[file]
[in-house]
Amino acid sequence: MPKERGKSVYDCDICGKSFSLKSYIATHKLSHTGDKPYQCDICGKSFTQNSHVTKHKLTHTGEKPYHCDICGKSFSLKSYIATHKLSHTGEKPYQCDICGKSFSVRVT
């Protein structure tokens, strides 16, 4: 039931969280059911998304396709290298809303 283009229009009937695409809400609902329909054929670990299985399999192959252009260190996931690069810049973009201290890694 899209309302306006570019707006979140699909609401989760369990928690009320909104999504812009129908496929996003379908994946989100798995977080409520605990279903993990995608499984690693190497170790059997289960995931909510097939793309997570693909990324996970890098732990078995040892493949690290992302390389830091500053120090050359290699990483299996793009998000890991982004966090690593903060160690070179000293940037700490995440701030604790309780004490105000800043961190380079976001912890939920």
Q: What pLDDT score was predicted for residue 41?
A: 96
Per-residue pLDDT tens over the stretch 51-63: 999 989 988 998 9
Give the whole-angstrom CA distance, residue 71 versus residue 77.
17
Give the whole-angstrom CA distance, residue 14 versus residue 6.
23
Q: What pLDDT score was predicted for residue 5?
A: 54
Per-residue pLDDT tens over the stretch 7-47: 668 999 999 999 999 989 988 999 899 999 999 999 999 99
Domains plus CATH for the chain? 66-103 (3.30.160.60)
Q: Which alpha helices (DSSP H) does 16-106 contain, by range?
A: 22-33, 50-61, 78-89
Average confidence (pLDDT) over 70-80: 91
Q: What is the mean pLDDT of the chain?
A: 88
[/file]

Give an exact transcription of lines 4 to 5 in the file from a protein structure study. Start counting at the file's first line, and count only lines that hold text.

Q: What pLDDT score was predicted for residue 41?
A: 96